Wednesday, October 15, 2014

The English sounds of L and R

English shares many sounds that are also evident in many other languages. However some languages do not share all the same sounds. Some of the English sounds can seem exotic and hard to pronounce to some. Those whose original language is Mandarin, Japanese, Korean, or one of the other Asian languages often have difficulty with the consonants l and r. Lola runs the railroad to Lollapalooza can be a muddled mess when said by those who struggle with their l's and r's.

The r sound can appear in three places in a word; beginning, middle and end. In British English the r is silent when said at the end or the middle of a word but is pronounced when at the beginning. When an r is at the beginning of a word it is always rhotic (the r sound) as in ruby. In American English the r has a strong rhotic sound in the beginning, middle, and end of a word.

The r sound should not use the tongue. Use the jaw to open your mouth to make the sound. It should begin in the front of the mouth then move to the back while slowly opening. Think of how a dog barks "ruff, ruff, ruff", the r is a gnarling sound that slowly opens. Try imitating the bark of a dog to perfect the r sound. You may feel silly doing this but it can really help you to get your r to sound more natural.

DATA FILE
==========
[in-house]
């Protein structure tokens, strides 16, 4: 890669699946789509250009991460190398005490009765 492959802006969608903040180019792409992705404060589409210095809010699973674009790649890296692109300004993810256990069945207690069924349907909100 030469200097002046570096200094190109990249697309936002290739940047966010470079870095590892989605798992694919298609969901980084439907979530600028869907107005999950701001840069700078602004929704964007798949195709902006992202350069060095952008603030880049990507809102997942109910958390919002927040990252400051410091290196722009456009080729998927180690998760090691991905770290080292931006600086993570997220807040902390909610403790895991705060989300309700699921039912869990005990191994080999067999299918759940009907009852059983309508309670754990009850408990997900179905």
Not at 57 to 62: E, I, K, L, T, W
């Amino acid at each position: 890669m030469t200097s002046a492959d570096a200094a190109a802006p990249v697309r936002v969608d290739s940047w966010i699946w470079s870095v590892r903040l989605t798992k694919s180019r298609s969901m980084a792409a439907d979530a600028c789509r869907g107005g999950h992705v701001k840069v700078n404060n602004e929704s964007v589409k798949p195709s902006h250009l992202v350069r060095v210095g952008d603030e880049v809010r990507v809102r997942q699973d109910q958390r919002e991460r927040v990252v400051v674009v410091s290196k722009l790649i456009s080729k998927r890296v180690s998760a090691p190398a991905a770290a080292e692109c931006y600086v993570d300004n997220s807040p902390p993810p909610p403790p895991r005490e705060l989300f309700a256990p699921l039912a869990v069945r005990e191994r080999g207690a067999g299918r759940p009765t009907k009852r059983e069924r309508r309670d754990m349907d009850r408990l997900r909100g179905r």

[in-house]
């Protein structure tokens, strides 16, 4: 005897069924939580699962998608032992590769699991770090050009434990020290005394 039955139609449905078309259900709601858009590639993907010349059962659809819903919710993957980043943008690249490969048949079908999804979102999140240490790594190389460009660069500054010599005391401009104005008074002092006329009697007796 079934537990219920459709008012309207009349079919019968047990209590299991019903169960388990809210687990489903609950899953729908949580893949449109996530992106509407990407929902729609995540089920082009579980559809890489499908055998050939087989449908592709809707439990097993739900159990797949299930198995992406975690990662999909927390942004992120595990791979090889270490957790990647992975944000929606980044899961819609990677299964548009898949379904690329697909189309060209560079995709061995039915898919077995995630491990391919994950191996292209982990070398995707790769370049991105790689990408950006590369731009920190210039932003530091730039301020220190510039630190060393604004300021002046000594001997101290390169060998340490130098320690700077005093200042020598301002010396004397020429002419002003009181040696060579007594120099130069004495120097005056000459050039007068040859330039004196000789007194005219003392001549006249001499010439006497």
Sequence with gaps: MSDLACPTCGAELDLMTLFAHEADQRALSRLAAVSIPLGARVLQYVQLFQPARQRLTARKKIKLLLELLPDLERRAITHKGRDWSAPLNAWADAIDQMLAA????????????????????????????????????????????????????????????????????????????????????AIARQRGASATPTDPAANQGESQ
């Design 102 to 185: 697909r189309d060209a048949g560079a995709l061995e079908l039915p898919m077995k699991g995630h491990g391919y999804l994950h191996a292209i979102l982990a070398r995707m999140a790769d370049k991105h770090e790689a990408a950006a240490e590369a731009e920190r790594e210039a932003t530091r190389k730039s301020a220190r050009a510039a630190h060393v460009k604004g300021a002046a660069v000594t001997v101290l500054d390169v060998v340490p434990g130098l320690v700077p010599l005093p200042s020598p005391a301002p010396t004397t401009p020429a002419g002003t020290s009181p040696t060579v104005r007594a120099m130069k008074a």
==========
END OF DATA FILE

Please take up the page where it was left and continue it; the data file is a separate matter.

For the L sound try singing using the sound la. Practice it so it comes out naturally. L is a sound that should utilize the tip of the tongue against the roof of the mouth just behind the front teeth.

The word gnarl (the g is silent) is a great way to practice using both sounds together. The front of the mouth should open to allow a wide ah sound, which then is slightly closed to make the r, then the tongue rises right at the end to produce the l sound. Try it for yourself out loud.

Once you think you have both sounds down pat, try some sentences that contain both sounds so you can feel the difference between the two and learn to blend them together smoothly and clearly.

Let me have a lick of your lollipop.
The red rover leaped over the hill.
Lola ran the railroad to Lollapalooza.
Rainy days require umbrellas.
Rudolf the red nosed reindeer
Looking through the looking glass.
Rodents lie under rusty roofs.
I like to eat lemon and rhubarb pies.

I hope these help you to pronounce your l's and r's more naturally, don't feel silly when doing them just know that you are making your English better. Go ahead and invent your own examples full of l and r sounds!

Try these tips friends:

Use a mirror when practicing the sounds - it will help ensure your tongue is in the right position and that your mouth is in the right shape.

Record the above sentences when you speak them and then listen back to see where you can improve.